Jim Hunter grew up in a family surrounded with a clear and ever-present sense of right and wrong. The family home was a 150-acre farm outside the small, northern-Ohio, town of Greenwich (pronounced Green-which). In the summers, he mowed the hayfields, raked and helped with the baling. In the spring, he disked the soil and planted.
“Growing up on a farm, you see all the world in a microcosm. You see life and death. You see animals born, and you see them die. You learn to see it as a natural thing, not something threatening. You come to understand there are seasons that you plant at one time and harvest at another. You learn that when things go down, they’re going to come back up.”
Most of the farm work he did was at his Uncle Gerald’s place down the road. Jim’s father, Clark, was a part-time farmer and an insurance investigator. When Jim was in the eighth grade, his father was appointed Huron County Clerk of Courts, was reelected six times, and did that for the rest of his working life.
Jim’s mother, Bonnie, was the church choir director and piano player. As of this writing, she had retired only a few days before, after 61 years as choir director at The Ripley Church. Jim picked up the trombone as a fifth grader. His three sisters played other instruments. Two became music majors in college.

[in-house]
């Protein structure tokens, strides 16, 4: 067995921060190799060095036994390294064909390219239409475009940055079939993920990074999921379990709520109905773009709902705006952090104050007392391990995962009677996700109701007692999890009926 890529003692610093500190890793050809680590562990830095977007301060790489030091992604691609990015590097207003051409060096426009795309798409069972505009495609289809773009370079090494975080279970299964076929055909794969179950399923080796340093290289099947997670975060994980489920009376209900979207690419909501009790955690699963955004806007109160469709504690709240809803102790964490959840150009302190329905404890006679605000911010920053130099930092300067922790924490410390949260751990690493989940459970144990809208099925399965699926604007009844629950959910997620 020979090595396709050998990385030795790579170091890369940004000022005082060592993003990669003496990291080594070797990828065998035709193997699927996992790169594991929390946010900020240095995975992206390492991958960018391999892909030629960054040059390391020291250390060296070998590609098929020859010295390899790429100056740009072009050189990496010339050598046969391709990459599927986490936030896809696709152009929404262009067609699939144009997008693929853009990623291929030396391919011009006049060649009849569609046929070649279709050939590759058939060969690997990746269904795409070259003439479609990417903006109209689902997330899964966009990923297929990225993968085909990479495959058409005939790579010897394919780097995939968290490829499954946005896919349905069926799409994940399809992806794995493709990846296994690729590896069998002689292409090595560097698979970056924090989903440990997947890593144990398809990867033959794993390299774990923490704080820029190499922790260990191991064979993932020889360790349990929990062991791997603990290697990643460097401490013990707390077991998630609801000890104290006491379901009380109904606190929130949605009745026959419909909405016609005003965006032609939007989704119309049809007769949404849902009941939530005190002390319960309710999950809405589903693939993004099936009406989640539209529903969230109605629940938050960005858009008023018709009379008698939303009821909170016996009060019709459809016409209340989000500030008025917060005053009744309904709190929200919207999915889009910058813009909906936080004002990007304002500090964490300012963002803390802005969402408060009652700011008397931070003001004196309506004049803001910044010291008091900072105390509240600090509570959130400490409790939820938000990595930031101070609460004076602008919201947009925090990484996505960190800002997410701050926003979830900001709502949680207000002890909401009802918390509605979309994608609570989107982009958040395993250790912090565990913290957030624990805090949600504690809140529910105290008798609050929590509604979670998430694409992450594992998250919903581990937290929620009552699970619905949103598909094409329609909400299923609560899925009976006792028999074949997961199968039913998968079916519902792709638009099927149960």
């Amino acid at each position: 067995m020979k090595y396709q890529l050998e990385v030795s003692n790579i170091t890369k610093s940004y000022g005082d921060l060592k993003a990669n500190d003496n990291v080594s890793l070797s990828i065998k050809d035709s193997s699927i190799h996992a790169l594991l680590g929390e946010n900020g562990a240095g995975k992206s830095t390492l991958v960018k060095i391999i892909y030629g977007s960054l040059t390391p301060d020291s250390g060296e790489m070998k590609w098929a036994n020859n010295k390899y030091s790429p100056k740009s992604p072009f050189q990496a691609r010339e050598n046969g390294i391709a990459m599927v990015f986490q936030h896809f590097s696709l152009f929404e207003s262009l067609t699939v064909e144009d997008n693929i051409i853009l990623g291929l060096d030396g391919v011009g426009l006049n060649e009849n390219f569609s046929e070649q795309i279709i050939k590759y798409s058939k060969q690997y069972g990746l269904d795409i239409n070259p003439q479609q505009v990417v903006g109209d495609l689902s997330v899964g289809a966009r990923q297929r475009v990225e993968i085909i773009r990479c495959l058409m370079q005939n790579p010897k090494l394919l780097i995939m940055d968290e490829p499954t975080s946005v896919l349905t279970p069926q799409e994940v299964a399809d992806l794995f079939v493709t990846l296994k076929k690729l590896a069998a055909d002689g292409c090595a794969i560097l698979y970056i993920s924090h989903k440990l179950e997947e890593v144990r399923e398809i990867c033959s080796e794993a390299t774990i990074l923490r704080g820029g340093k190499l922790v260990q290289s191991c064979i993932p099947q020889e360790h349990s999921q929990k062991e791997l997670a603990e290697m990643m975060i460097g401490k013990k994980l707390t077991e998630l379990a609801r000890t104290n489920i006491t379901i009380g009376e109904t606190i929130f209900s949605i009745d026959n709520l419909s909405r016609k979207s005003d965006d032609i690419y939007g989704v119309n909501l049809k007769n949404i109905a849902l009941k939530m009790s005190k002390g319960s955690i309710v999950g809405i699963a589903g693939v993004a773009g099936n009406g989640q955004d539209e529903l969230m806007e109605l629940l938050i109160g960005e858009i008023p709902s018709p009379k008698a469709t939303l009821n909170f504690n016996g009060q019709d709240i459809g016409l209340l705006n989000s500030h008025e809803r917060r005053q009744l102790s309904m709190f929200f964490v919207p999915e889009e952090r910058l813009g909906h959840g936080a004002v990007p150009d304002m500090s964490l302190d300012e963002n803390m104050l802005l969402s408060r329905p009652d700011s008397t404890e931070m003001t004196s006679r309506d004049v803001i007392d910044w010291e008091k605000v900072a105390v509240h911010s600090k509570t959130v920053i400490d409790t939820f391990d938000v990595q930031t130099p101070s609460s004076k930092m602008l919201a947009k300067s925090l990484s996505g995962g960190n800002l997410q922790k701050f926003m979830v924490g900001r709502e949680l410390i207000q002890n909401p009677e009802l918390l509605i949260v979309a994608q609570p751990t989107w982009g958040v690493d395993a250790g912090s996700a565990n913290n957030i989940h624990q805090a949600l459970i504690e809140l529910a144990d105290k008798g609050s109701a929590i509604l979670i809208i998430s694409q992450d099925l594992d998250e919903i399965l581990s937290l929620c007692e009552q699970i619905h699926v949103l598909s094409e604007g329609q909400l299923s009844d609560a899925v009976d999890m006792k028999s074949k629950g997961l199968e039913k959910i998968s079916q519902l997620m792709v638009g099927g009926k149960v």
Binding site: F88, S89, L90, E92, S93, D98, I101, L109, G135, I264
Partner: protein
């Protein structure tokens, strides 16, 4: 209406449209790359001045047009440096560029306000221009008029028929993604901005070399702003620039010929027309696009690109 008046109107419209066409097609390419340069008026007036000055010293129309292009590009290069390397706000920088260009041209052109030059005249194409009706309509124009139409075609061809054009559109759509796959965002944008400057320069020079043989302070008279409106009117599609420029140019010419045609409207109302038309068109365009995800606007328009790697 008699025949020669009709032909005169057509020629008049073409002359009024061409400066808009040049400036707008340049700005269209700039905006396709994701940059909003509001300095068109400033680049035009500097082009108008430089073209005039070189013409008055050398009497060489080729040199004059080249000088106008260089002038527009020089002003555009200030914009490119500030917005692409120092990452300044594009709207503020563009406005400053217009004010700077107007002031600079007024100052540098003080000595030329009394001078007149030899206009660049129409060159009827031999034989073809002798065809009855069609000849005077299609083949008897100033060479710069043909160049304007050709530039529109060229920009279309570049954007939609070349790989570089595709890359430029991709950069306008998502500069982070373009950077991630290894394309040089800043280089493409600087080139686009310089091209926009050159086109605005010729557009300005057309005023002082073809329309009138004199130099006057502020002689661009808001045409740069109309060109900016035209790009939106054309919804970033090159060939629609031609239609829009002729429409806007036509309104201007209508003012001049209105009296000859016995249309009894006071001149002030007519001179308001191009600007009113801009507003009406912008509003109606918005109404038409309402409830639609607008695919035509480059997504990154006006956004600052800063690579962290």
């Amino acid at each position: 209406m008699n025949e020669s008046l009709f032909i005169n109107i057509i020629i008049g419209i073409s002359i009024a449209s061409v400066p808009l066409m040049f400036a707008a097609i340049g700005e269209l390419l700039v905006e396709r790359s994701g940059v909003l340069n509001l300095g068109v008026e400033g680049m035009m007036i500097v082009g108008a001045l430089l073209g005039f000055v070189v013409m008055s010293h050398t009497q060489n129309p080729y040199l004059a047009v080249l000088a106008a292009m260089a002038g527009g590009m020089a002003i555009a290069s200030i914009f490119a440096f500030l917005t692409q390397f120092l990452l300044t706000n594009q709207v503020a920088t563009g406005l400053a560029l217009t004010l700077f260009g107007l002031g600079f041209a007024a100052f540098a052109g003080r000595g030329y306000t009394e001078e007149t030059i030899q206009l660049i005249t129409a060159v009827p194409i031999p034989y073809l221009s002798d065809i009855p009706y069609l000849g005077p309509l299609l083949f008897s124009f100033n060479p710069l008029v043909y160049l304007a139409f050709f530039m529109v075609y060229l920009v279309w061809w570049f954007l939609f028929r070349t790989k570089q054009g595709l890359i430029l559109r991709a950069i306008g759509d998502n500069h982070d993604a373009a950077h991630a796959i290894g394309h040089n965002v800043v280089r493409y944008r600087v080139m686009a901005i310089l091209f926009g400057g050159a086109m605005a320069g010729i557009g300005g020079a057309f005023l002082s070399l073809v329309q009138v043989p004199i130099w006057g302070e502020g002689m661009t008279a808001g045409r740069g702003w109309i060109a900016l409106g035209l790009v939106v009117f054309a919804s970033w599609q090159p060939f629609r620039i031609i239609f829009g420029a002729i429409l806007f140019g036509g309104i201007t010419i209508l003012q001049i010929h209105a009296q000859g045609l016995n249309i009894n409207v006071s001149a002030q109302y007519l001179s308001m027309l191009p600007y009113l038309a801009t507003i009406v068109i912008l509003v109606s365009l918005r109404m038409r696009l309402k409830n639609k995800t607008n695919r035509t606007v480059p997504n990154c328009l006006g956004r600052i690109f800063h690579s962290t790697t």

One year, the Hunters entered a family contest sponsored by the Greenwich chapter of the Ohio State Grange. Jim played trombone, his dad played drums, his mom sat at the piano, one of his sisters played her clarinet, another played her French horn and Jim’s nine-year-old sister kept rhythm with sand blocks. They did three Irving Berlin tunes and went on to win the state prize. All four of the Hunter kids were high school valedictorians.
It quickly becomes apparent in conversation with Jim that he has the gift of empathy. “My parents would comment on it. It would come out in ways, like when someone in my family would be judgmental of, say, a referee or a politician. As a kid, I would say, ‘Wait a minute – we don’t know what this guy’s day has been like.’ I just figure, why be so negative? If someone’s acting out, they’re probably carrying a burden or dealing with something we don’t know anything about.”
Jim met his wife, Karen, when they were both part of Intervarsity Christian Fellowship, a campus ministry at the University of Cincinnati. They live in Colerain Township, where they often work on solving crossword puzzles together. Jim likes to cherry pick; Karen takes a more orderly approach. Their three grown children – Stephanie, Maria, and Nick – are all involved in mission work.
“The best part of my job is bringing a sense of order and calm to my clients’ financial plans. I tell people I’m going to handle their money as if it were my mom and dad’s. I tell them we’re going to take good care of it, and they won’t have to worry about whether it will be there when they need it.”